THE annual National Party conference was held at the Air Force Museum in Christchurch over the weekend.
The conference was well represented by delegates from the Whanganui and Rangitikei region and the mood was upbeat.
Christchurch is doing well, considering the massive challenges it has faced in the wake of the many thousands of earthquakes it has endured since September 2010. Now is an exciting time for Christchurch with the rebuild really starting to take shape with huge support from loyal residents, local communities and the Government.
Of course, the conference also provided a great opportunity to reflect on some of the significant gains we have made for New Zealanders in this term of Government, including the creation of 200,000 new jobs and a further 170,000 projected over the next three years. The number of students leaving school with a Level 2 qualification or equivalent has risen from 74.3 per cent in 2011 to 81.2 per cent in 2014 - which means we're on track to reach our target of 85 per cent by 2017.
At the same time, 42,000 new apprentices are now in training.
We were also responsible for an increase in welfare payments of $25 a week (on top of the CPI increases) for the first time in more than 45 years.
The Government's latest initiative is aimed at the current housing shortage. While 85,000 new homes have been built since 2011, we still need more. At the weekend, Prime Minister John Key announced a $1 billion housing infrastructure fund to help local councils to meet infrastructure costs associated with new housing requirements.
This is part of our comprehensive programme to improve housing affordability.
All in all, it was an enjoyable, positive and inspiring weekend set against the backdrop of a city that is very much alive and full of hope for the future.
Meanwhile, back in the Rangitikei on Monday, I spent some time launching the level crossing "engine". As part of this year's Rail Safety Week, the New Zealand Transport Agency launched an additional sitespecific, rural awareness campaign, which aims to improve driver behaviour at rural and semi-rural level crossings throughout the country. Our region certainly has its fair share of rail crossings - most of them without lights, bells or barrier arms.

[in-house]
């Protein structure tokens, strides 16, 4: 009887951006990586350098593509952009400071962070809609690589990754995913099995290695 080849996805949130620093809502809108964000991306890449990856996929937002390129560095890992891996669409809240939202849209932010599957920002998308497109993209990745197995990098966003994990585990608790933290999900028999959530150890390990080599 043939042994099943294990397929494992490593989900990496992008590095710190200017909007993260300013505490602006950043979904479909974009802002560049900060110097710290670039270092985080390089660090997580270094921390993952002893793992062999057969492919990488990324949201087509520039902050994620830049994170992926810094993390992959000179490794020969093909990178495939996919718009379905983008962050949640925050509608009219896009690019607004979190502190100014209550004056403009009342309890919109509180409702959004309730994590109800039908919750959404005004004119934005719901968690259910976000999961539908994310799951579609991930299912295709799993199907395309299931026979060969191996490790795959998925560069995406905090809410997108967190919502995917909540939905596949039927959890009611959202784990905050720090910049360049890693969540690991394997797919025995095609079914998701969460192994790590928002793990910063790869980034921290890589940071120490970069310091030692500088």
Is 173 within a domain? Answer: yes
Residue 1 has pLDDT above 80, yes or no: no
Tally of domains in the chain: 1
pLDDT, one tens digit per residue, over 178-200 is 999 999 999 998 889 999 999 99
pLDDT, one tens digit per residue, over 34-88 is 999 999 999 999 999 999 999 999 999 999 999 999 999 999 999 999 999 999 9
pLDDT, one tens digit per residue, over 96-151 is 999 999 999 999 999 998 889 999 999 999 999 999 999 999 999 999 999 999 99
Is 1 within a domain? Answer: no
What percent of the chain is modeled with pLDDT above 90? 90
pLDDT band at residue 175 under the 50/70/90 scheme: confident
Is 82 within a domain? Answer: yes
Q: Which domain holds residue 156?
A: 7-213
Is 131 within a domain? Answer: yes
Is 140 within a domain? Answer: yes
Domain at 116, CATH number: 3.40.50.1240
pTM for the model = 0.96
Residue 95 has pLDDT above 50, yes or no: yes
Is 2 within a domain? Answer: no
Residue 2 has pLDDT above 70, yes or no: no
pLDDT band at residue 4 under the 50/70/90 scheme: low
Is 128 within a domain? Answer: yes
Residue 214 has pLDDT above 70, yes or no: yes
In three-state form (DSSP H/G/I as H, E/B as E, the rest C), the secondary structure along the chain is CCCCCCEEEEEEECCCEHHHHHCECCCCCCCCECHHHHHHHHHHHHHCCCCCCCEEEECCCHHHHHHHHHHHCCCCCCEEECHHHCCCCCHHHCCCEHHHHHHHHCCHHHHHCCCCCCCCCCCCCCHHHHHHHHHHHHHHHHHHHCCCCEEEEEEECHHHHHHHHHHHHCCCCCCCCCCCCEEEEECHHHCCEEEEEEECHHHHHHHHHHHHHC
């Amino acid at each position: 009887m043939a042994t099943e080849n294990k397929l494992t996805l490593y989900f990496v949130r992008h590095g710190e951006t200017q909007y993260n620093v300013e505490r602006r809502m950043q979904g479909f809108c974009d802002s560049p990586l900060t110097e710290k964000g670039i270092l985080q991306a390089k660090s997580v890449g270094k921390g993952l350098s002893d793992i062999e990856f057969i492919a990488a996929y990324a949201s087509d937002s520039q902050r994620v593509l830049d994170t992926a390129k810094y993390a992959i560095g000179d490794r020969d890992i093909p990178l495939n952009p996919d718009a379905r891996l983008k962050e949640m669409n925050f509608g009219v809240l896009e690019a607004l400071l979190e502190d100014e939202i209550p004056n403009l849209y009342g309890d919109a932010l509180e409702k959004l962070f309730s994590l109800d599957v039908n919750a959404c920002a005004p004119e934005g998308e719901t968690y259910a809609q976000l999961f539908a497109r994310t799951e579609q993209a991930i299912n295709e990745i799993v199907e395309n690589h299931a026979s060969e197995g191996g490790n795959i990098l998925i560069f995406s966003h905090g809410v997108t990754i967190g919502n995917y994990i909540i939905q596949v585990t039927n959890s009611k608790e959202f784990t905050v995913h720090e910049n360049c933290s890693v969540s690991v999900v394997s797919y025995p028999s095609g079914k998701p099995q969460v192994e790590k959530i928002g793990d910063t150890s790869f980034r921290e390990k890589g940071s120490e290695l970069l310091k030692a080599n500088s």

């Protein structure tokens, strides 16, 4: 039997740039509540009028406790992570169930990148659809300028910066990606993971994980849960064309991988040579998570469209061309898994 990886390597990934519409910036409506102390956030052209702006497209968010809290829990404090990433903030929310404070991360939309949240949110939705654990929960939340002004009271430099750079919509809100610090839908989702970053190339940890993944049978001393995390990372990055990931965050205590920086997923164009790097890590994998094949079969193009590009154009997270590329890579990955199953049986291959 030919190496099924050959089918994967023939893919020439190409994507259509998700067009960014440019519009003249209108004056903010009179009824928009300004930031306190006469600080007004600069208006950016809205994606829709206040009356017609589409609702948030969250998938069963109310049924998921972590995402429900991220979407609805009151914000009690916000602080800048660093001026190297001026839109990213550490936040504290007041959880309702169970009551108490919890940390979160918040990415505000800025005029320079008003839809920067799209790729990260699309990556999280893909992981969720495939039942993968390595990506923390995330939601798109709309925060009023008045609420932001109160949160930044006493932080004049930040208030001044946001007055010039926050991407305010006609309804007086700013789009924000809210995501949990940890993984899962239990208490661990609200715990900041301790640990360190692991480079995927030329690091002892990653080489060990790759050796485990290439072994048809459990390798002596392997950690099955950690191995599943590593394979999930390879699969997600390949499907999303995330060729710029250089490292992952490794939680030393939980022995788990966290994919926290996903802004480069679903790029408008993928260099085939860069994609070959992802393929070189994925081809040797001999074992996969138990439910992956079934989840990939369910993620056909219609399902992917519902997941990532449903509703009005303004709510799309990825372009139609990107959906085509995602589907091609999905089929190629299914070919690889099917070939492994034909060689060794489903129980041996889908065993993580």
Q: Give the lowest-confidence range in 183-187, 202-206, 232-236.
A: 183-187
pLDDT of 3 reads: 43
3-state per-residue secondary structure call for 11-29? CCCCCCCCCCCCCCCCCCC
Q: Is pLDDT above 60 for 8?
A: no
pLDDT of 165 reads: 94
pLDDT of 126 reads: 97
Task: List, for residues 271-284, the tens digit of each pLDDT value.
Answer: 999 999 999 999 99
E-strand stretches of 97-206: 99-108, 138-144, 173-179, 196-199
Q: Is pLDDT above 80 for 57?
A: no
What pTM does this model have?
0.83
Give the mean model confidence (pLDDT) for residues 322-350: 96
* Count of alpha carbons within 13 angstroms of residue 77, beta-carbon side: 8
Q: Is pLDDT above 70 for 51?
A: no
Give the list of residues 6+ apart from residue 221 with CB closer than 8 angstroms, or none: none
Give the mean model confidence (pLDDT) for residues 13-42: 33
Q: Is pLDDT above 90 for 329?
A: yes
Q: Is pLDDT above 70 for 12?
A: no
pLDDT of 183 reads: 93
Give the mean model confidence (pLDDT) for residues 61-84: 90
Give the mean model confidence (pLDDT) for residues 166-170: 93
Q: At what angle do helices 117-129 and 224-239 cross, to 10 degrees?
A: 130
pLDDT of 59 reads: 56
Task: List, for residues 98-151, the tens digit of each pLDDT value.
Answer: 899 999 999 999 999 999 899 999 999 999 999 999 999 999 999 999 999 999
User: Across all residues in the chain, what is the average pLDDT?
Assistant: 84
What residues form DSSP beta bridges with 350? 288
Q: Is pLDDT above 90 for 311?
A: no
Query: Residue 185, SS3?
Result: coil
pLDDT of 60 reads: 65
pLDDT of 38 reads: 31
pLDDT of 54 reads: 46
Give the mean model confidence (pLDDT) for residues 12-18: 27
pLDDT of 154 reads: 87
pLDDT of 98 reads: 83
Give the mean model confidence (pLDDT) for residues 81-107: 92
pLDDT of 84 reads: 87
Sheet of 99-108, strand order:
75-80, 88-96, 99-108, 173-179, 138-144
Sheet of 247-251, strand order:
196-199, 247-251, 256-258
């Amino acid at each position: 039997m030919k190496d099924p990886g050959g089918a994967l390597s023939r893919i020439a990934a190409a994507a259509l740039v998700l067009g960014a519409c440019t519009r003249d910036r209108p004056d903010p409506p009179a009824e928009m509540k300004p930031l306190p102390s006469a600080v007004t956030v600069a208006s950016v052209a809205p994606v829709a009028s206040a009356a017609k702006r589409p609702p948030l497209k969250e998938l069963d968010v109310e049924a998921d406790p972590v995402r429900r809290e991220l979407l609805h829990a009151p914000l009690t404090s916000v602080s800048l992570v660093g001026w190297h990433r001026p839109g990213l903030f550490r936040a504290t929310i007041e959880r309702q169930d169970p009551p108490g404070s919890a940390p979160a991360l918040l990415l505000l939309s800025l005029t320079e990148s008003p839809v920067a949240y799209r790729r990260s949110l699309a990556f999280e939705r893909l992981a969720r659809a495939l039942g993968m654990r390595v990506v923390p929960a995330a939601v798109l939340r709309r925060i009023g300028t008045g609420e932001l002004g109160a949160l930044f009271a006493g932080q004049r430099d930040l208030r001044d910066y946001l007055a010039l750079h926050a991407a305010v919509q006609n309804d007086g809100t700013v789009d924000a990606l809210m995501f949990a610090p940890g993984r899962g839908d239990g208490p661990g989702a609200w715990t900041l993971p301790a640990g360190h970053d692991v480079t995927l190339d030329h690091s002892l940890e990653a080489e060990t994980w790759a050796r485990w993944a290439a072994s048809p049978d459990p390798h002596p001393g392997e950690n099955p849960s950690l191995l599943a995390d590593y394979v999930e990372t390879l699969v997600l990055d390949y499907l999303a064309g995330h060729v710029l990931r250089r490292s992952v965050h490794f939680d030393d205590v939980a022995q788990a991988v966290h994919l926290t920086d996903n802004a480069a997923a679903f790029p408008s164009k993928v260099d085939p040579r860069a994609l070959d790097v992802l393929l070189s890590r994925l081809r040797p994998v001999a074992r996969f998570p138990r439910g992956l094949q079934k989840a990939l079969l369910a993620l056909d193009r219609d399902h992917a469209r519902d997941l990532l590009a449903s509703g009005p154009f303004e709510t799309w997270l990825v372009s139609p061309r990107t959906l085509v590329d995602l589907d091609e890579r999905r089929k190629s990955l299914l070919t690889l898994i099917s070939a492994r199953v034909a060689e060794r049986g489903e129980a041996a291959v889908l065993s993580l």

The campaign is based on research undertaken late last year which indicated that local drivers in rural areas are often complacent, especially around those level crossings controlled by Stop and Give Way signs.
Unfortunately, local drivers, in particular, often don't perceive the risk of rural crossings to be high. This complacency can lead to risky behaviour like failing to look carefully for trains before proceeding over a level crossing.
The aim of the rural awareness campaign is to get local drivers off autopilot when they approach railway tracks; and to make sure they accept that crossing railway tracks safely means giving them their full attention.
The campaign involves a locomotive-sized billboard and associated signage being placed near and in the approach to a level crossing. The billboard aims to prompt drivers to slow down and check for trains as they approach level crossings.
It was good to join Mayor Andy Watson, members of the road policing team and the NZTA to witness the installation of the level-crossing engine on Union Line. The billboard will continue to be progressively moved to other high-risk level crossing sites throughout New Zealand over the coming months. If it plays a part in preventing even one accident, then this year's rural awareness campaign will have proved a worthwhile exercise.
"The aim of the rural awareness campaign is to get local drivers off autopilot when they approach railway tracks."